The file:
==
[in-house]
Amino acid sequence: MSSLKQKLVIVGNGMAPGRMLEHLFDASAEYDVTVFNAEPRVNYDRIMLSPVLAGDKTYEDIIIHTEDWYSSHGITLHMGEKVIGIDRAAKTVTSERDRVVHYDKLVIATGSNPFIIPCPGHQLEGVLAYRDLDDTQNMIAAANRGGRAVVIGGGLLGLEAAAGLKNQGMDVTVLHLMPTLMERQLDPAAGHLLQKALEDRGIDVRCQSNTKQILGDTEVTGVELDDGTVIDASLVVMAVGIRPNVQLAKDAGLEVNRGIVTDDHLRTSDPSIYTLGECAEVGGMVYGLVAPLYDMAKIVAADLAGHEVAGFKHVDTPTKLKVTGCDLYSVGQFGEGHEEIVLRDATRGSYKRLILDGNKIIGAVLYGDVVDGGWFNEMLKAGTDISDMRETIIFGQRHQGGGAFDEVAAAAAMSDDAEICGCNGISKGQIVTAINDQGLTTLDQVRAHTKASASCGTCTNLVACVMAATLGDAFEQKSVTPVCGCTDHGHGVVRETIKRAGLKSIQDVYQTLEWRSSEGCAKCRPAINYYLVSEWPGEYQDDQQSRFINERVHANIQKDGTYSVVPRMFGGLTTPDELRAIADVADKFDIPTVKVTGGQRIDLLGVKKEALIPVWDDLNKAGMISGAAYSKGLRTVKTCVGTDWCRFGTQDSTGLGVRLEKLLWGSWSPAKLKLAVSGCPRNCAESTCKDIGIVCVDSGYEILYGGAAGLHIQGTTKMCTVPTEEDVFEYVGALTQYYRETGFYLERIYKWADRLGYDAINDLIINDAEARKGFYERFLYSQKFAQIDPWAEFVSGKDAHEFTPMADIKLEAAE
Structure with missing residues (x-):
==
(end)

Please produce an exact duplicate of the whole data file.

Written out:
[in-house]
Amino acid sequence: MSSLKQKLVIVGNGMAPGRMLEHLFDASAEYDVTVFNAEPRVNYDRIMLSPVLAGDKTYEDIIIHTEDWYSSHGITLHMGEKVIGIDRAAKTVTSERDRVVHYDKLVIATGSNPFIIPCPGHQLEGVLAYRDLDDTQNMIAAANRGGRAVVIGGGLLGLEAAAGLKNQGMDVTVLHLMPTLMERQLDPAAGHLLQKALEDRGIDVRCQSNTKQILGDTEVTGVELDDGTVIDASLVVMAVGIRPNVQLAKDAGLEVNRGIVTDDHLRTSDPSIYTLGECAEVGGMVYGLVAPLYDMAKIVAADLAGHEVAGFKHVDTPTKLKVTGCDLYSVGQFGEGHEEIVLRDATRGSYKRLILDGNKIIGAVLYGDVVDGGWFNEMLKAGTDISDMRETIIFGQRHQGGGAFDEVAAAAAMSDDAEICGCNGISKGQIVTAINDQGLTTLDQVRAHTKASASCGTCTNLVACVMAATLGDAFEQKSVTPVCGCTDHGHGVVRETIKRAGLKSIQDVYQTLEWRSSEGCAKCRPAINYYLVSEWPGEYQDDQQSRFINERVHANIQKDGTYSVVPRMFGGLTTPDELRAIADVADKFDIPTVKVTGGQRIDLLGVKKEALIPVWDDLNKAGMISGAAYSKGLRTVKTCVGTDWCRFGTQDSTGLGVRLEKLLWGSWSPAKLKLAVSGCPRNCAESTCKDIGIVCVDSGYEILYGGAAGLHIQGTTKMCTVPTEEDVFEYVGALTQYYRETGFYLERIYKWADRLGYDAINDLIINDAEARKGFYERFLYSQKFAQIDPWAEFVSGKDAHEFTPMADIKLEAAE
Structure with missing residues (x-):